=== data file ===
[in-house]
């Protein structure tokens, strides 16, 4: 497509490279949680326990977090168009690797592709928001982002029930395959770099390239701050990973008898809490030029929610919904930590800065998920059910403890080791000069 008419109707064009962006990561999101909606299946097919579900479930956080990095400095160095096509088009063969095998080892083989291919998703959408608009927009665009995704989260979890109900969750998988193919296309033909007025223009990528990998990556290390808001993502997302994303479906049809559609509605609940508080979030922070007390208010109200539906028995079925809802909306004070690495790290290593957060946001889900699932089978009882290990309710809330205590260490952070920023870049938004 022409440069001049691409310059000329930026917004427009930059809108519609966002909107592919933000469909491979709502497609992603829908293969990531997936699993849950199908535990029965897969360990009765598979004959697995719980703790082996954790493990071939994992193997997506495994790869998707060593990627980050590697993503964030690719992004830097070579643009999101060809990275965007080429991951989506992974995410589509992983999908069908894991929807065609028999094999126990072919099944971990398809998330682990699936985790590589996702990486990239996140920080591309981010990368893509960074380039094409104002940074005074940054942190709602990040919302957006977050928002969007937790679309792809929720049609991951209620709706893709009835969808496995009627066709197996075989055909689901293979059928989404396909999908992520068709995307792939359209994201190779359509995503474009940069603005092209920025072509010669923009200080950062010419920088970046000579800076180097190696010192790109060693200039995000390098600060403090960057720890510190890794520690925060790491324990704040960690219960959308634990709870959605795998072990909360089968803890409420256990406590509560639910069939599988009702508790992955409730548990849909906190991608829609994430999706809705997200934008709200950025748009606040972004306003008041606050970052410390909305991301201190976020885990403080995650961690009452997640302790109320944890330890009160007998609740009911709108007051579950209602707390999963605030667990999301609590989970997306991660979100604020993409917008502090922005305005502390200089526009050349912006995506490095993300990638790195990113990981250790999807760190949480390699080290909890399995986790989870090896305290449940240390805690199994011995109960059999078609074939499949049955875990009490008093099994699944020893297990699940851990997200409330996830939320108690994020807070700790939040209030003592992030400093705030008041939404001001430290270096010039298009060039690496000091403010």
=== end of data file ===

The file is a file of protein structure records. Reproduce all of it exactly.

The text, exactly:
[in-house]
């Protein structure tokens, strides 16, 4: 497509490279949680326990977090168009690797592709928001982002029930395959770099390239701050990973008898809490030029929610919904930590800065998920059910403890080791000069 008419109707064009962006990561999101909606299946097919579900479930956080990095400095160095096509088009063969095998080892083989291919998703959408608009927009665009995704989260979890109900969750998988193919296309033909007025223009990528990998990556290390808001993502997302994303479906049809559609509605609940508080979030922070007390208010109200539906028995079925809802909306004070690495790290290593957060946001889900699932089978009882290990309710809330205590260490952070920023870049938004 022409440069001049691409310059000329930026917004427009930059809108519609966002909107592919933000469909491979709502497609992603829908293969990531997936699993849950199908535990029965897969360990009765598979004959697995719980703790082996954790493990071939994992193997997506495994790869998707060593990627980050590697993503964030690719992004830097070579643009999101060809990275965007080429991951989506992974995410589509992983999908069908894991929807065609028999094999126990072919099944971990398809998330682990699936985790590589996702990486990239996140920080591309981010990368893509960074380039094409104002940074005074940054942190709602990040919302957006977050928002969007937790679309792809929720049609991951209620709706893709009835969808496995009627066709197996075989055909689901293979059928989404396909999908992520068709995307792939359209994201190779359509995503474009940069603005092209920025072509010669923009200080950062010419920088970046000579800076180097190696010192790109060693200039995000390098600060403090960057720890510190890794520690925060790491324990704040960690219960959308634990709870959605795998072990909360089968803890409420256990406590509560639910069939599988009702508790992955409730548990849909906190991608829609994430999706809705997200934008709200950025748009606040972004306003008041606050970052410390909305991301201190976020885990403080995650961690009452997640302790109320944890330890009160007998609740009911709108007051579950209602707390999963605030667990999301609590989970997306991660979100604020993409917008502090922005305005502390200089526009050349912006995506490095993300990638790195990113990981250790999807760190949480390699080290909890399995986790989870090896305290449940240390805690199994011995109960059999078609074939499949049955875990009490008093099994699944020893297990699940851990997200409330996830939320108690994020807070700790939040209030003592992030400093705030008041939404001001430290270096010039298009060039690496000091403010």